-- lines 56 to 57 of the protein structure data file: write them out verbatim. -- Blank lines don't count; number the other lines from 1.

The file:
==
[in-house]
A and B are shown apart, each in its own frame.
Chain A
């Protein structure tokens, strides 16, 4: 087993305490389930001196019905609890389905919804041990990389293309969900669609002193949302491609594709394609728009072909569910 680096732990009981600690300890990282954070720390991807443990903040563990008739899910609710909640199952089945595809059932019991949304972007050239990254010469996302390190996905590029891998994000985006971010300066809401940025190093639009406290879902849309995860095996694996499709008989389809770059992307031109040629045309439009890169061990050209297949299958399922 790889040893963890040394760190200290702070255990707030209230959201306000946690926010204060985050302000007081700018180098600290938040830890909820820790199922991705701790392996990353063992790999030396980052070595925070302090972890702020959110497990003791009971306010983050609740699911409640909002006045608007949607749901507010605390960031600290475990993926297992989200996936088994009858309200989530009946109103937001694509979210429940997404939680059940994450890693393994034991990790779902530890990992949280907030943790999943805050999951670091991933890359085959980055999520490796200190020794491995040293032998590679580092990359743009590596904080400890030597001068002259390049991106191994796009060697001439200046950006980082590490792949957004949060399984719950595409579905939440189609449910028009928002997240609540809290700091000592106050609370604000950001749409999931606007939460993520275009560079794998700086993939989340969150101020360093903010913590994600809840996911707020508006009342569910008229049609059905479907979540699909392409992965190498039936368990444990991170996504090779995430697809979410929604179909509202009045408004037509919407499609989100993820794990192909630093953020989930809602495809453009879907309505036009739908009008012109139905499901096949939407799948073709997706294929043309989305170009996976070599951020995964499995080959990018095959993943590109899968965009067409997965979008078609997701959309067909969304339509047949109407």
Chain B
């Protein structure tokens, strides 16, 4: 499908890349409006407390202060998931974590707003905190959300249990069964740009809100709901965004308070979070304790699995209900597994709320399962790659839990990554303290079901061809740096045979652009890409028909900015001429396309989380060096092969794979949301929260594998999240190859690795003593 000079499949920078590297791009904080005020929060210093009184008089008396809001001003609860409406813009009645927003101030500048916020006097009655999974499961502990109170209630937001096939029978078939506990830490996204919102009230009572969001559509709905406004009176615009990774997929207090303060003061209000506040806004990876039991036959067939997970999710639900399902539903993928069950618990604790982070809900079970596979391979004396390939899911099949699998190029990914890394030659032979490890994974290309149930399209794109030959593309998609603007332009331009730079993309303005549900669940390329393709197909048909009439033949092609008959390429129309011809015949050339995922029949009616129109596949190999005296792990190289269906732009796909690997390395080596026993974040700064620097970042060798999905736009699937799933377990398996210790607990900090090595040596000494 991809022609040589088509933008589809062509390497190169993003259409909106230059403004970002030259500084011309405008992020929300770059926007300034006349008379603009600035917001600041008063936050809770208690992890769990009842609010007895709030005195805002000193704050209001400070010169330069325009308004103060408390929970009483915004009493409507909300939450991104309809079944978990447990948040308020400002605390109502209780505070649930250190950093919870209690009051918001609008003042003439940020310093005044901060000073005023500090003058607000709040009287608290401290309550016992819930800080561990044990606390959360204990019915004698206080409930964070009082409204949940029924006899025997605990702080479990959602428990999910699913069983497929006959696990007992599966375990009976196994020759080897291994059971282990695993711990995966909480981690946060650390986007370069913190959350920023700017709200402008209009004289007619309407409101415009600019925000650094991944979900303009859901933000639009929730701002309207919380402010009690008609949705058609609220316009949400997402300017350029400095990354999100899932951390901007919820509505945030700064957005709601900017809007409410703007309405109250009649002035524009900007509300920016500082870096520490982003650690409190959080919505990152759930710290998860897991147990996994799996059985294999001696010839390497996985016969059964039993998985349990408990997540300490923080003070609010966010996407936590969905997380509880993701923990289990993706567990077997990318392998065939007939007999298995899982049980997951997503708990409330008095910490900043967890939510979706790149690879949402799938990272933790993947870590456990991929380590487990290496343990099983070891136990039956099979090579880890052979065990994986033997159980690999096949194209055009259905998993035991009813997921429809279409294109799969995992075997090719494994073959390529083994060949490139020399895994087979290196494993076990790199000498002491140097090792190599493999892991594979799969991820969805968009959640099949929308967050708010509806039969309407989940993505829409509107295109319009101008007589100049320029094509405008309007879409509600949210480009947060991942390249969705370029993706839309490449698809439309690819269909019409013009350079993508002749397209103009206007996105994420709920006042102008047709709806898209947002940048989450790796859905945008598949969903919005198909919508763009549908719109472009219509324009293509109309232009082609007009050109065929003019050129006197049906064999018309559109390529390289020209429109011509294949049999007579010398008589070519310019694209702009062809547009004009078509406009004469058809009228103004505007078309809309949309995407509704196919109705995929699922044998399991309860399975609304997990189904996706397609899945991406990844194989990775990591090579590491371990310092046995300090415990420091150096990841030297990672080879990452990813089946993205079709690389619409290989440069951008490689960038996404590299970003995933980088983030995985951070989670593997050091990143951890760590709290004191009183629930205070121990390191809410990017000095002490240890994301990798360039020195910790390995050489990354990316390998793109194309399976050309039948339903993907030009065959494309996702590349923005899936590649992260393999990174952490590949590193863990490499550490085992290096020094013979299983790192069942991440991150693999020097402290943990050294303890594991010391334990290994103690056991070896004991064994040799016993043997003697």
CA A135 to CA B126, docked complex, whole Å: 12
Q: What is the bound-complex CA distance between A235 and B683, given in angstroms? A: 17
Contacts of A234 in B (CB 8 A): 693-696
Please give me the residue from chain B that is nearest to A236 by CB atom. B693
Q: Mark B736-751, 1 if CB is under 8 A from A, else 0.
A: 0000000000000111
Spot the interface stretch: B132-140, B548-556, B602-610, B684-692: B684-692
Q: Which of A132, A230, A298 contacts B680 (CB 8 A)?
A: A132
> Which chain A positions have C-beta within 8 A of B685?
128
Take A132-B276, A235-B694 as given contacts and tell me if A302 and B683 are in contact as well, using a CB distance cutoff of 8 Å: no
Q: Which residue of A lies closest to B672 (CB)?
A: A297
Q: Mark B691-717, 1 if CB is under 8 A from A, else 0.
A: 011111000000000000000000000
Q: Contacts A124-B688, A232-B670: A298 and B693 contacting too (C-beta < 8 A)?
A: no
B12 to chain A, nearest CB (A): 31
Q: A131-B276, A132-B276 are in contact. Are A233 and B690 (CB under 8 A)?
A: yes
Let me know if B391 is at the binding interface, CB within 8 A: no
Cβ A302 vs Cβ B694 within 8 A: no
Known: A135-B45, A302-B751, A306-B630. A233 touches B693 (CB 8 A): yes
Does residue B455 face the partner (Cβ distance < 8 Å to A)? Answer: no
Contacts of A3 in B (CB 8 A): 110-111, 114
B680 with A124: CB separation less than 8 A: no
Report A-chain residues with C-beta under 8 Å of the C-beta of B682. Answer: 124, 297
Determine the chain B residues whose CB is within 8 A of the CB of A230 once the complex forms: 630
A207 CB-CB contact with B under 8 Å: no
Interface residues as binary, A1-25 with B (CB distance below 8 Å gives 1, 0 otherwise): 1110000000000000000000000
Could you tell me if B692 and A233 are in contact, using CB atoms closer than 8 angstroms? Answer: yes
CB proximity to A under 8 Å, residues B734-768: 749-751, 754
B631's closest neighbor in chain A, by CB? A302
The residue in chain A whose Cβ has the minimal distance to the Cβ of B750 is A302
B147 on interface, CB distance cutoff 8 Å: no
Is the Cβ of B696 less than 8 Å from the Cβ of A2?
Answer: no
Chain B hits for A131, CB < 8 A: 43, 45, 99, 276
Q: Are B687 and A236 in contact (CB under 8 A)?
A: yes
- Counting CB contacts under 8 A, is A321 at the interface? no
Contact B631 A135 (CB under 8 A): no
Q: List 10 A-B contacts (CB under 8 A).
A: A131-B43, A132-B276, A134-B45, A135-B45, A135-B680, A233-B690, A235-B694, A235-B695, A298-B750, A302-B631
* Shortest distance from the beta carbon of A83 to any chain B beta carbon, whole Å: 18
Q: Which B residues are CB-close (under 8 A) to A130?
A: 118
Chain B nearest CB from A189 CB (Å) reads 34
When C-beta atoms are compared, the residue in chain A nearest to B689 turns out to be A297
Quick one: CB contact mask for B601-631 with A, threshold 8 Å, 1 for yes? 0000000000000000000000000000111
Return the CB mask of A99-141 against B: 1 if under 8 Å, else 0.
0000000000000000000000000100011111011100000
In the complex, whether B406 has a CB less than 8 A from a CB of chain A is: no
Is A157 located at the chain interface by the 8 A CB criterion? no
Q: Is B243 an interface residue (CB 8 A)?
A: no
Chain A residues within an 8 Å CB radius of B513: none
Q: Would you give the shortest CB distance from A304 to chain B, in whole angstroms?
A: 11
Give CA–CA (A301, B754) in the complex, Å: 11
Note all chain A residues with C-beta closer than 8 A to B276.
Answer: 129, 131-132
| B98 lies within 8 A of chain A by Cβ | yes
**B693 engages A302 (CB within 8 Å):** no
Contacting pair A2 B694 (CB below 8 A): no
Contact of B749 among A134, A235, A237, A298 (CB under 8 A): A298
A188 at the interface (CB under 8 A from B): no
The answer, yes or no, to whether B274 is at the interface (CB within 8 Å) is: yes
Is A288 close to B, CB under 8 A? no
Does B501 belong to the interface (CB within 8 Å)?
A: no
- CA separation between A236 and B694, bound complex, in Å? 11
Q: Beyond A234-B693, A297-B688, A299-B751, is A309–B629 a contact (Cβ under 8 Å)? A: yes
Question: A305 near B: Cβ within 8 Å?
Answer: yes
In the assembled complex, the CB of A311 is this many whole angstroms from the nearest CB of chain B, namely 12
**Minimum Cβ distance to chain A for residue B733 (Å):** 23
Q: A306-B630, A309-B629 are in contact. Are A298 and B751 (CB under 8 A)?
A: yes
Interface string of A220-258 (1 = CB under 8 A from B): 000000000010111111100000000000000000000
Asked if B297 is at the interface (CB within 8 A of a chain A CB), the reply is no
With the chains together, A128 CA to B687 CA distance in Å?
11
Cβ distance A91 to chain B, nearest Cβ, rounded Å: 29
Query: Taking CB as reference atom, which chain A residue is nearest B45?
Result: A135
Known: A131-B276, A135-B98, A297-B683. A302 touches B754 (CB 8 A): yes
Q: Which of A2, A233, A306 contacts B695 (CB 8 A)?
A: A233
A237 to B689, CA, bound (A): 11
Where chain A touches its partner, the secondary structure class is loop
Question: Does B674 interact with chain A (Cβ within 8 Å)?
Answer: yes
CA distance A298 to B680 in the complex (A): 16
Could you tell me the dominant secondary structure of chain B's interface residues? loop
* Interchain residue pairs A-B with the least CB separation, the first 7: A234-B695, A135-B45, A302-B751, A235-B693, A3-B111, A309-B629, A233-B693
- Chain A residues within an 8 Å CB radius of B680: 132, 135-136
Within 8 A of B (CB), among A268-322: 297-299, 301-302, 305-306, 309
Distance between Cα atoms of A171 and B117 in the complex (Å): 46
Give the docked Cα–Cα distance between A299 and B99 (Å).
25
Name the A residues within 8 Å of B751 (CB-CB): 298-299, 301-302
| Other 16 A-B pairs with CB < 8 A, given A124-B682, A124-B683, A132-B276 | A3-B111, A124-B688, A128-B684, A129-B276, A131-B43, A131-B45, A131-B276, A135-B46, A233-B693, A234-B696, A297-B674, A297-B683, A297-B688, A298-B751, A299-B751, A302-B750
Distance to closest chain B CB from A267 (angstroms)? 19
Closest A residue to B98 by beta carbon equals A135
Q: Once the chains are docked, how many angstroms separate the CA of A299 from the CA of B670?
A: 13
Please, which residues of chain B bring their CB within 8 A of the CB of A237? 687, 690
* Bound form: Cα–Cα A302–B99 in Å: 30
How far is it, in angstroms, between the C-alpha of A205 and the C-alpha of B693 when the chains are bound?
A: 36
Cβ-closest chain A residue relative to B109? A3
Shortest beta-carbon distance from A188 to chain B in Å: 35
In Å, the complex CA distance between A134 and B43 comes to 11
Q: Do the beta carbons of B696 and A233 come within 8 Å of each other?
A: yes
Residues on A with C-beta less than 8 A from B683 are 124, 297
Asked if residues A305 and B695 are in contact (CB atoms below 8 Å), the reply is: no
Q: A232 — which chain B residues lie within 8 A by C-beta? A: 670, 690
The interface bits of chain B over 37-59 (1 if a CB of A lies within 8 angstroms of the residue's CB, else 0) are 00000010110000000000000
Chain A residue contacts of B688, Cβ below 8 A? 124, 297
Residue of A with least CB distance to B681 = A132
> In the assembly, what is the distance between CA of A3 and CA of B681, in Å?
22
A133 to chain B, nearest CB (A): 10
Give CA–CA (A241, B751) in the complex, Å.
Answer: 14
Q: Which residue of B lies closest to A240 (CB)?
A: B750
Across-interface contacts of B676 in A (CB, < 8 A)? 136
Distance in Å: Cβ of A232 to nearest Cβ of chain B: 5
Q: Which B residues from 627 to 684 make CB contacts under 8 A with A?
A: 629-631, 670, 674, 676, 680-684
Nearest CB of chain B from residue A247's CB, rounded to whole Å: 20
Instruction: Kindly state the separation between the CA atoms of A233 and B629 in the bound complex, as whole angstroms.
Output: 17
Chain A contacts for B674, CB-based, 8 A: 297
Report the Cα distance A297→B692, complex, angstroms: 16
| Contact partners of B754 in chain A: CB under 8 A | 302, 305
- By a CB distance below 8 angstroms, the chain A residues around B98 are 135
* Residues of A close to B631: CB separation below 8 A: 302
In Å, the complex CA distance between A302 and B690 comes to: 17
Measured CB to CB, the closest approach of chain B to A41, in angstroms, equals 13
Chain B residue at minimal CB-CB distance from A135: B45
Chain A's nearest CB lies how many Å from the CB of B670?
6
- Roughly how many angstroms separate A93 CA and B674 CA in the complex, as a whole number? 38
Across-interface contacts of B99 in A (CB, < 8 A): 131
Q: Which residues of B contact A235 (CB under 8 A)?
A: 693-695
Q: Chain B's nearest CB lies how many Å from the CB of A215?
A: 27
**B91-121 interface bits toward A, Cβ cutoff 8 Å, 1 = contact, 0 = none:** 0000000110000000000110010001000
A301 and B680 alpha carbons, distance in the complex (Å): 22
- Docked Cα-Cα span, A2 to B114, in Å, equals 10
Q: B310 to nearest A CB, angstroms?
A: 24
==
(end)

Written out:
When C-beta atoms are compared, the residue in chain A nearest to B689 turns out to be A297
Quick one: CB contact mask for B601-631 with A, threshold 8 Å, 1 for yes? 0000000000000000000000000000111